Wednesday, August 23, 2017

A Song For Vanya 1


Lights are on again. Back to The Fringe.

One of the festival's major works is a new play with music, A Song For Vanya,  based on Anton Chekhov's Uncle Vanya. It was directed by none other than Matthew Kerns, the Fringe's head guy (like he needs something else to do). 

You can read a plot summary by clicking the link. It is bleak, with flashes of humor. The songs, accompanied by a keyboard, cello and woodwinds, add to the ennui. Like Snow White, the show was performed in the newly remodeled Grandel Theater, a 650-seat gem. The lighting is fabulous, perfect for photography. It made my job a lot easier.     




Tuesday, August 22, 2017

The Eclipse

We interrupt our regularly scheduled Fringe programming for the following special report:

The weather forecast was dicey: partly cloudy, a chance of showers. Some friends who have a country house between St. Clair and Sullivan hosted a big viewing party. It was an ideal location. Clouds started to pass by before the eclipse began, creating anxiety. Then it cleared, leaving nearly perfect conditions. The experience was mystical.

The pink-purple spots at about 1 and 4 o'clock in the first photo are Bailey beads, sunlight refracted around mountains and valleys at the moon's edge. The color shows the presence of helium when run through a spectrograph and proved the existence of that element in the sun.

We heard that you could use a kitchen colander like a multi-eyed pinhole camera. It works.








Monday, August 21, 2017

On The Exhale


Elizabeth Ann Townsend was the sensation of the 2016 Fringe in her one-woman play, Count Time. She is back this year in On The Exhale, playing the role of the mother of a second grader murdered in a Sandy Hook-type massacre. In her grief, she is drawn to the awful weapon that killed her son and actually buys one. The semi-automatic weapon, which has a fierce recoil, is best fired on the exhale. She comes to suspect that when it comes to gun violence, we're all part of the problem. Powerful stuff.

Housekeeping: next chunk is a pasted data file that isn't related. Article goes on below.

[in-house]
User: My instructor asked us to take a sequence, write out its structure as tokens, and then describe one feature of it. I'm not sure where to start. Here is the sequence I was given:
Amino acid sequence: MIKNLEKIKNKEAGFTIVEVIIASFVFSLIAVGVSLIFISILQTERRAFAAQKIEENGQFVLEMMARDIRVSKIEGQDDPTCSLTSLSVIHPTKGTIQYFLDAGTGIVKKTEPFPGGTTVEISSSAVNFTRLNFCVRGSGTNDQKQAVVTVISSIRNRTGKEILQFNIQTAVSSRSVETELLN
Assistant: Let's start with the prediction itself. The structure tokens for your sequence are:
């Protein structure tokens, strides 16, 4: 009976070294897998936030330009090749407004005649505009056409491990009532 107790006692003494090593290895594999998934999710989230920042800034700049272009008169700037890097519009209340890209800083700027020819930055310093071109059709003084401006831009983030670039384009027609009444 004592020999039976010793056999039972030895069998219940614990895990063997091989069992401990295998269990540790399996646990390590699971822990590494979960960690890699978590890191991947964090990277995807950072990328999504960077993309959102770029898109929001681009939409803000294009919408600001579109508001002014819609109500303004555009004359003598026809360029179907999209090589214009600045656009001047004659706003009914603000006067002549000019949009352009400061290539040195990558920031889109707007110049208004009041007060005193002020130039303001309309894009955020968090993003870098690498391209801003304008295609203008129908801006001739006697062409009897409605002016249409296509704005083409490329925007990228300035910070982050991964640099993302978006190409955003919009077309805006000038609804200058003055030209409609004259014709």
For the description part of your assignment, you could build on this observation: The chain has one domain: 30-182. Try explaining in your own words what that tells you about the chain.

Sunday, August 20, 2017

Snow White


I took pictures at four shows yesterday plus the outdoor family day activities and kinda went overboard. The big event was ERA Theatre's Snow White, which was quite a spin on the Disney and Brothers Grimm versions. Snow White herself dresses in passionate red. There is an evil stepsister who doesn't have a good bone in her body and a bubble-blowing prince charming. Oh, and seven very tall dwarves. And a gigantic fruit salad. And a plot twist at the end.

It was a visual candy store. So many more good shots I could edit. But it's back to work at the festival for me shortly.        









Saturday, August 19, 2017

Friday Night At The Fringe


First night of shows at the St. Lou Fringe Festival. I have so much to edit. I'm going to try to post one photo from each show ASAP and then go back for other good ones when  time permits.

Top: Matthew Marcum in a one man show that explores the artistic technique of Jackson Pollock through a collage of personal quotes, extended vocal techniques and pulsating music. Film clips of Pollock painting were shown on the wall behind him. It blew me away.

Center: a one act musical comedy called Liberals vs Zombies vs Conservatives. The stereotypes are easy to spot. In the end, both sides unite in the face of global apocalypse. Make you think of any other situation?

Bottom: Brittanie Gunn performs a very unusual monologue called Hot For TREX. She portrays a writer of what is called dino-erotica, with novels including Hung Like A Dinosaur, The Flirtatious Period and Getting Dino-Sore. (I'll leave the rest to your imagination.) She tracks down people who have written blistering online reviews of her work and tears into them without mercy.  

Five shows to shoot today plus an outdoor family day. Oy.          



Friday, August 18, 2017

The Fringe Is Back! The Fringe Is Back!


The St. Lou Fringe had its opening ceremony last night. Honors to those who should be honored, announcements and samples of some of the major acts. I hustled over to Grand Center after work to get some shots. Too many people, too many names I didn't write down, but it's obviously gonna be a fabulous season.

Locals: GO, or never darken my doorway again. Schedule, map and tickets here.       




Wednesday, August 16, 2017

Vandeventer Place Gates


St. Louis has had many grand private streets where the homes of the rich were or are located. Some, in neighborhoods that became undesirable (mostly closer to the Mississippi) are gone. Many from the late 19th and early 20th Centuries, mostly west of Kingshighway, survive. One of the most opulent was Vandeventer Place. (Some history here.) Now the area is, well, not so great. The mansions were razed and the development destroyed.

All of these private streets had elaborate entrance gates. For some odd reason, the entrance to Vandeventer Place was preserved and plopped down in an open area of Forest Park in 1950. It's near the Jewel Box and the Korean War Memorial seen a couple of days ago. Now it is an entrance to nowhere.